*5 Here, the district court concluded that Dr. Sorensen does not sufficiently allege mail fraud because he “fails to show any false representations or promises in the letters,” and does not sufficiently allege wire fraud because he fails to allege “any falsities in the advertisements that Defendants allegedly used to fraudulently induce his former patients to file claims against him.” Sorensen, 2018 WL 3637518, at *5, 7. But Dr. Sorensen need not allege that the mailings or the wire communications themselves were fraudulent. Rather, he needs only allege that they were “incident to an essential part” of a fraudulent scheme. See Bridge, 553 U.S. at 639; see also Redcorn, 528 F.3d at 738.
Nor does Dr. Sorensen need to “connect[ ] the names on the hard drive to any of [his former] patients that saw the posts and subsequently filed claims against” him. Sorensen, 2018 WL 3637518, at *7. To be sure, Rule 9(b) of the Federal Rule of Civil Procedure requires claims based on fraud be pleaded “with particularity.” Cayman Expl. Corp. v. United Gas Pipe Line Co., 873 F.2d 1357, 1362 (10th Cir. 1989). But the particularity requirement requires only that the plaintiff “set forth the time, place and contents of the false representation, the identity of the party making the false statements and the consequences thereof.” George, 833 F.3d at 1254 (citation omitted); see also id. at 1256 (finding a sufficient allegation of fraud where the plaintiffs identified the names of individuals who made false statements, the dates of the allegedly false statements, “the actions the plaintiffs took in reliance on those misrepresentations,” “the injuries they suffered as a result,” and how those misrepresentations furthered the defendants’ ultimate fraudulent goals); Tal v. Hogan, 453 F.3d 1244, 1266 (10th Cir. 2006) (finding communications to be “alleged with sufficient particularity to establish cognizable claims for wire fraud” where the “communications not only describe the date, the parties to the communication and the subject matter, but also how they were fraudulent and what they were designed to accomplish”).9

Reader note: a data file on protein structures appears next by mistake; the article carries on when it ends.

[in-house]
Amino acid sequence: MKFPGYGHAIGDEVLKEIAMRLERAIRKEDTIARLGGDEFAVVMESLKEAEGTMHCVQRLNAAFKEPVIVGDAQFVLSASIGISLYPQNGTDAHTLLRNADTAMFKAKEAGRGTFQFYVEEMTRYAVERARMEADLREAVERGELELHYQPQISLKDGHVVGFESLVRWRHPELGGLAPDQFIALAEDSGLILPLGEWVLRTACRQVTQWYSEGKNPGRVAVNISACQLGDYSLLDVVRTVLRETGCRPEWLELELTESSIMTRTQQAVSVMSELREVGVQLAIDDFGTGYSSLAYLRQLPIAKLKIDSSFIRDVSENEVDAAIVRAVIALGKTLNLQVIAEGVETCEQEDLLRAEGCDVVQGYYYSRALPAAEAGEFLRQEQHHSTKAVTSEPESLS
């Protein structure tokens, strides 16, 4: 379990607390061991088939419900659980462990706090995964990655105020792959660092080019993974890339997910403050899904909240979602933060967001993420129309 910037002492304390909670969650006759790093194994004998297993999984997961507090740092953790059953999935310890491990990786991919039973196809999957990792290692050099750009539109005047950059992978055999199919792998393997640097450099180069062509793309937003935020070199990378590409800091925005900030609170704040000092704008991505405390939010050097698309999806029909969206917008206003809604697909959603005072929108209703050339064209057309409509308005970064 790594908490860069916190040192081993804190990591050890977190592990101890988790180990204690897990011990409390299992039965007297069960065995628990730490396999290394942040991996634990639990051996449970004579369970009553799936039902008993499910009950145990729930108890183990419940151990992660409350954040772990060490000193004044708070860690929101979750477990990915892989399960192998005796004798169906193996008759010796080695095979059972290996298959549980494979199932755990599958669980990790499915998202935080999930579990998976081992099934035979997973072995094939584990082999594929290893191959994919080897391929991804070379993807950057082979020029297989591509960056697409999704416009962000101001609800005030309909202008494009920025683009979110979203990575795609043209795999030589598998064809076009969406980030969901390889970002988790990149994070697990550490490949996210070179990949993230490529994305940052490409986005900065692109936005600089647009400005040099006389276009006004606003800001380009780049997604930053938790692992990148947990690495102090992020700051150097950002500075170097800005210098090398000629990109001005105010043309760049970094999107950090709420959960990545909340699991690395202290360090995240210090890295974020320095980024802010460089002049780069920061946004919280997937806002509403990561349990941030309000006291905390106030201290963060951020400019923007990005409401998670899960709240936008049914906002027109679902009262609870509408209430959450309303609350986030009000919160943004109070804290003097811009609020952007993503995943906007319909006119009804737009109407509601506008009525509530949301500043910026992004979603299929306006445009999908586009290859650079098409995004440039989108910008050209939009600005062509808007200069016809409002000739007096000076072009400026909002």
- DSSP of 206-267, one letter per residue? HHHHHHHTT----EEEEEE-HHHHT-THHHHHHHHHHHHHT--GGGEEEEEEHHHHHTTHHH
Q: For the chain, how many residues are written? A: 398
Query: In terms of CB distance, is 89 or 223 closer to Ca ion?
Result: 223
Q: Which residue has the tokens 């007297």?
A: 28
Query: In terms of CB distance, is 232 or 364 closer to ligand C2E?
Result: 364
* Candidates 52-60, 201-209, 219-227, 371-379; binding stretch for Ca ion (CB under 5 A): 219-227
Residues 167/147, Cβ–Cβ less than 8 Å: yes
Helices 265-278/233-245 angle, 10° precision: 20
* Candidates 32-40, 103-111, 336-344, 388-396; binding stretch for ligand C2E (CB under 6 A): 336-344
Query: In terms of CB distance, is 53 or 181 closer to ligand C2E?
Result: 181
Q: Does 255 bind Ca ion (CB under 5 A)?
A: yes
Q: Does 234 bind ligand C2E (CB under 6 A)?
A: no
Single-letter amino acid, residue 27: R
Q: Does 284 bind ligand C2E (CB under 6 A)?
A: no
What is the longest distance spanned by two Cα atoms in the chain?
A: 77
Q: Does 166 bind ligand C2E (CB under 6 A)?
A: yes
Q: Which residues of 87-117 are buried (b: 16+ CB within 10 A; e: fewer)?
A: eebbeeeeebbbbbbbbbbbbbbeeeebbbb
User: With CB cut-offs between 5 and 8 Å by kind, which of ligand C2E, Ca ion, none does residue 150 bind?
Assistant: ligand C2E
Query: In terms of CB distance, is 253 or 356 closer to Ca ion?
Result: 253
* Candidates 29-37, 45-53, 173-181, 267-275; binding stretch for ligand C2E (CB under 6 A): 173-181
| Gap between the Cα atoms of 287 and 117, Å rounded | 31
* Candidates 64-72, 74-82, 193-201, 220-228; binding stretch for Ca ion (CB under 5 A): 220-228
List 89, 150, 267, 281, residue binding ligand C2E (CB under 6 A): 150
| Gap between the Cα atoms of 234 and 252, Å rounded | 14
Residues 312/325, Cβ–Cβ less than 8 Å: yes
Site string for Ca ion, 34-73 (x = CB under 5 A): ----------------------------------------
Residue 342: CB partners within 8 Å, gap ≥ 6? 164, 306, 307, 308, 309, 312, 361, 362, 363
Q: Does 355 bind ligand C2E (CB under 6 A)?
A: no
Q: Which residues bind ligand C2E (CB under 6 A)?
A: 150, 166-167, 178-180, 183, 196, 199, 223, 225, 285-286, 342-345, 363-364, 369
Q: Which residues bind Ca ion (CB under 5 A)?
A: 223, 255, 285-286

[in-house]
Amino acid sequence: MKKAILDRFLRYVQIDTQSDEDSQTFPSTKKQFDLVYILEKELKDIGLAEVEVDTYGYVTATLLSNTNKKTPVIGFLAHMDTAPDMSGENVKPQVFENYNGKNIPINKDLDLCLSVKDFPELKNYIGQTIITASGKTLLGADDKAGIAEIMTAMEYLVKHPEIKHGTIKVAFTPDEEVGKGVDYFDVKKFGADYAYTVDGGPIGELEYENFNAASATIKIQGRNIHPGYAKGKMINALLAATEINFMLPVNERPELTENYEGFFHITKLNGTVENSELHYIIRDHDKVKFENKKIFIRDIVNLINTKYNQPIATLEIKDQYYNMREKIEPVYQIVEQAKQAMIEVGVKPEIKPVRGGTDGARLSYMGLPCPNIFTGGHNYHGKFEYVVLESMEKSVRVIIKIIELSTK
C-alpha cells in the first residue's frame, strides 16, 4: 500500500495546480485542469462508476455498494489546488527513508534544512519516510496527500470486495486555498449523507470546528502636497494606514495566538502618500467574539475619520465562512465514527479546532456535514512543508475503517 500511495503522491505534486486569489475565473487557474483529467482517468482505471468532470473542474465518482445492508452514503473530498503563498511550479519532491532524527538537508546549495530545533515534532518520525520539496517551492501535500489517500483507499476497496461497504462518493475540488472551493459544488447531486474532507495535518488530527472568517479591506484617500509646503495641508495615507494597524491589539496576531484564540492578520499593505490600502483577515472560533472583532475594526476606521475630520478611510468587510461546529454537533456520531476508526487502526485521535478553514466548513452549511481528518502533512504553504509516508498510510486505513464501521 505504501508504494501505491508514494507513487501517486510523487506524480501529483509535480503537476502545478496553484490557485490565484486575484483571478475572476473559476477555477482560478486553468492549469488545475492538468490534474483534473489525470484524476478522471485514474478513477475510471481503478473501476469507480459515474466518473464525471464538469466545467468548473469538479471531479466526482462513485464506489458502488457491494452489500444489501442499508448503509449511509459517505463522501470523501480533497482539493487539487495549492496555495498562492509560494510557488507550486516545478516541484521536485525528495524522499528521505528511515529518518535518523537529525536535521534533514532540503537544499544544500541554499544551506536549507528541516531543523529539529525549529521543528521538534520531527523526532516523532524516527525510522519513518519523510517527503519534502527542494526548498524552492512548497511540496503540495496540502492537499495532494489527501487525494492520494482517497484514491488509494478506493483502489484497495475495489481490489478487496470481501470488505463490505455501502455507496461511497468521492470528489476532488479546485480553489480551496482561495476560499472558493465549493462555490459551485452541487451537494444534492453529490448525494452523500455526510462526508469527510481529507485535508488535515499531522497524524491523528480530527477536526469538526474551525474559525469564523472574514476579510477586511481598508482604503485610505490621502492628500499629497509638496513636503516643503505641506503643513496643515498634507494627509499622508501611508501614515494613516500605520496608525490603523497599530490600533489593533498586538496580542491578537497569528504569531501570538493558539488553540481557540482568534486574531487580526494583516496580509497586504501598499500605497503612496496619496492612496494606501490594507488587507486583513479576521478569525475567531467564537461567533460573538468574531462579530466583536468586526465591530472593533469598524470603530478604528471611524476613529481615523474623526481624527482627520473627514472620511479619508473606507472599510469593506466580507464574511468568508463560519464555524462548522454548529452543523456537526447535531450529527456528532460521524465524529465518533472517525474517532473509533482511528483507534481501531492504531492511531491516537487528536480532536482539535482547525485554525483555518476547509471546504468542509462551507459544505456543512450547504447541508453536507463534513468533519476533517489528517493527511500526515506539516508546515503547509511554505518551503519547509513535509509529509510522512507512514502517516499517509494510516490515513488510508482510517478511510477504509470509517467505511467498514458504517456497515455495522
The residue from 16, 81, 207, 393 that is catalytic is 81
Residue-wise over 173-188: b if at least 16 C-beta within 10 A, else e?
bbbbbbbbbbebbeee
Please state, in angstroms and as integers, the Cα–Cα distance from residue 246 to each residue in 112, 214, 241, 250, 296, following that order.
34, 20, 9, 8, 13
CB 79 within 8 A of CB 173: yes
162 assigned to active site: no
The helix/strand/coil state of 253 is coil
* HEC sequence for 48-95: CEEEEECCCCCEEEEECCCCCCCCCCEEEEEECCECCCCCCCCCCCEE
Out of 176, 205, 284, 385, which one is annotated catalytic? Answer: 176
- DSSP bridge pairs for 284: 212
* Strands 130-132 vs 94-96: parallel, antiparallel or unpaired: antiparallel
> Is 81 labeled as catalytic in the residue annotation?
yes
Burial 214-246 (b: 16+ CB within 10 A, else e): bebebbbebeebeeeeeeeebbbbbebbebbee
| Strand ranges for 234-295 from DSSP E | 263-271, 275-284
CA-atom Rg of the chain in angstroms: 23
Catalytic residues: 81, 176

B. Stolen-Property Predicate Acts